Sunday, July 21, 2024

A very straightforward guide to staying safe in Mexico

How safe is Mexico? I’ll see your question and raise you one: How safe is your country?

When I first came to Mexico over 20 years ago, people would often ask me things like “Are you sure it’s safe there?” The implication, of course, was that it wasn’t, and that I was a dummy for moving here.

Cinco de Mayo celebrations Puebla
This is not what living in Mexico is really like, needless to say. The United States sometimes feels like it though. (Hilda Ríos/Cuartoscuro)

Nowadays, it doesn’t come up nearly as much. While there’s been quite a bit of violence in Mexico since then, most of it has not been unleashed on tourists. Meanwhile, in my home country, the United States, mass shootings have become horrifyingly common. “Are you scared, going back there?” is now a question I get from Mexicans.

And the answer, I’m sad to say, is yes. You can avoid known narco-infested communities. Avoiding mentally anguished people with easy access to weapons is another story.

Say what you will about Mexico’s security issues. There are plenty of bad guys with guns, it’s true, but they’re worker bees with an agenda. Average citizens looking to hurt members of the general public are mostly absent.

And yet.

The right questions

The better question, in fact, is a different one: What is safe to do in Mexico, and what is not?

With that second, better question in mind, let’s dive in!

What’s not safe

Most of the items below, if you ask me, should be obvious. Still, there are plenty of people who seem to think they have some kind of magic shield. But remember, my friends: vacation does not protect you from harm.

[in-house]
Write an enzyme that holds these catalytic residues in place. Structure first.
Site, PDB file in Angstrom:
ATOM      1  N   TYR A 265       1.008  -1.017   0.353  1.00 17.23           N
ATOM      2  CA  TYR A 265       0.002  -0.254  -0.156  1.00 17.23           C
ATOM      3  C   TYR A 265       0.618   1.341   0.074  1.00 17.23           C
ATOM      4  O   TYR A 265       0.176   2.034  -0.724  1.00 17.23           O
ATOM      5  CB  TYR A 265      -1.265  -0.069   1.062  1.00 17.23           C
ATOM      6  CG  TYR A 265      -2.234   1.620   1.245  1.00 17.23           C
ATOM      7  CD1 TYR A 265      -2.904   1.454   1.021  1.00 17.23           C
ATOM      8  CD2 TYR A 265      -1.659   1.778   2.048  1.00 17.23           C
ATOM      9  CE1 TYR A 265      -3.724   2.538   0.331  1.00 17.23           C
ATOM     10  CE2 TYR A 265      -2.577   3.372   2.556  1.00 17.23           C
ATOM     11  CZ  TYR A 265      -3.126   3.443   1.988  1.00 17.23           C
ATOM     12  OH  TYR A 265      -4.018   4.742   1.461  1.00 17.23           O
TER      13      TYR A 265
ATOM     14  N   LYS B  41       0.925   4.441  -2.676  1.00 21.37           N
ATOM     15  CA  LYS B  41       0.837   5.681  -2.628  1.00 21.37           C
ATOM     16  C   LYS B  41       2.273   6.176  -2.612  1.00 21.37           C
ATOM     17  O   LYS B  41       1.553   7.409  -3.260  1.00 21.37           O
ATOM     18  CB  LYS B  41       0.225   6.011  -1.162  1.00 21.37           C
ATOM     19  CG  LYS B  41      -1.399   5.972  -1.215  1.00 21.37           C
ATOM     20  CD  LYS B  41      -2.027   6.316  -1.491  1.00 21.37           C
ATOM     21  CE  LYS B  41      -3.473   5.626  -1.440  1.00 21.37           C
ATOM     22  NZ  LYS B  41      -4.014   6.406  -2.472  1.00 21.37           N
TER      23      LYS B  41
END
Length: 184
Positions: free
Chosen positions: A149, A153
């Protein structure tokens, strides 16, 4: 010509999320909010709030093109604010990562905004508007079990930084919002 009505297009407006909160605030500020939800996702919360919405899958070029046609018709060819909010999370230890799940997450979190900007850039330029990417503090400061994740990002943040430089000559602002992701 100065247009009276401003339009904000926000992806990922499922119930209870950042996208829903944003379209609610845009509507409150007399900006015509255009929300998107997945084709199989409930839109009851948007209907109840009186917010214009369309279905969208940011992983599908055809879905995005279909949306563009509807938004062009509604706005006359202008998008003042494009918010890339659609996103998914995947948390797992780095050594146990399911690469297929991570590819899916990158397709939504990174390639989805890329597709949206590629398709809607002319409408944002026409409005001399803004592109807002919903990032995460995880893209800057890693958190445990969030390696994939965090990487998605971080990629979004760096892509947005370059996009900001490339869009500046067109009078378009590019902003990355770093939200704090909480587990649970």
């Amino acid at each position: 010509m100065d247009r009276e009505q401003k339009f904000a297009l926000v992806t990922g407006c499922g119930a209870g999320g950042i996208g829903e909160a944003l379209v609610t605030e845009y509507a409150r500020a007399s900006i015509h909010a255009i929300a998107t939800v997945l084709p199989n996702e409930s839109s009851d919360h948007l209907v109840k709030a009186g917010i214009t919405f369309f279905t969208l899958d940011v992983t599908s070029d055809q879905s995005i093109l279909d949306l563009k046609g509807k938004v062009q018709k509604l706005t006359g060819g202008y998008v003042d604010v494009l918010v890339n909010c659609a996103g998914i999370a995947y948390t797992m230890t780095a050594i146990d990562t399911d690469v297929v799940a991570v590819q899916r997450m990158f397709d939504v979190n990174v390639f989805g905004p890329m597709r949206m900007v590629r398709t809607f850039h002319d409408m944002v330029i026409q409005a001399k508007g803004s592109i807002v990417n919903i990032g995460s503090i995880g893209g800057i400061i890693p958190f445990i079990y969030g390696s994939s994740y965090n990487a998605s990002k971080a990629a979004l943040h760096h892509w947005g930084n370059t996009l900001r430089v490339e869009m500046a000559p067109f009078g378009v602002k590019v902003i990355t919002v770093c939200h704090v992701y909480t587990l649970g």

So beware of the following activities:

Trying to buy illegal drugs

A man smoking drugs
Drugs are the easiest way to put yourself in danger in Mexico. (Grav/Unsplash)

This should be a given, right? First, trying to procure drugs will likely put you into contact with certain kinds of people whose radar you do not want to be on. Trust me.

Then there’s the risk of getting caught. Think the police around here will be happy to let you go? True, it’s possible you could buy them off with a bribe, but why take the risk? I don’t know you personally, but I do know that prison in Mexico ain’t the place for you.

Driving on routes known to be patrolled by narcos

Look, it’s not easy to bring your car here anyway, okay? Unless you’re hopping right over the border, come by plane. Use the country’s excellent bus and taxi system while you get your bearings. Once you’re settled in, you can buy a car if you want to.

The main point is this: your status as a foreigner will not protect you. If you get off with “only” a bribe (which would likely be extra high for you), consider yourself lucky.

Taking part in political protests

Parents of Ayotzinapa 43 kidnapping victims protesting at Mexico's senate
Supporting a cause can open expats up to unintended dangers however, so staying away is strongly advised. It is also illegal under the Mexican constitution. (Galo Cañas/Cuartoscuro)

There are quite a few activist types that come to Mexico. I get it! I’m one of them.

But there’s something you need to remember. Political “meddling” — that’s the actual wording  — by foreigners is prohibited by the Constitution. That includes political protests, so be smart and sit out. There are enough Mexicans to fight for whatever cause you find dear, I promise.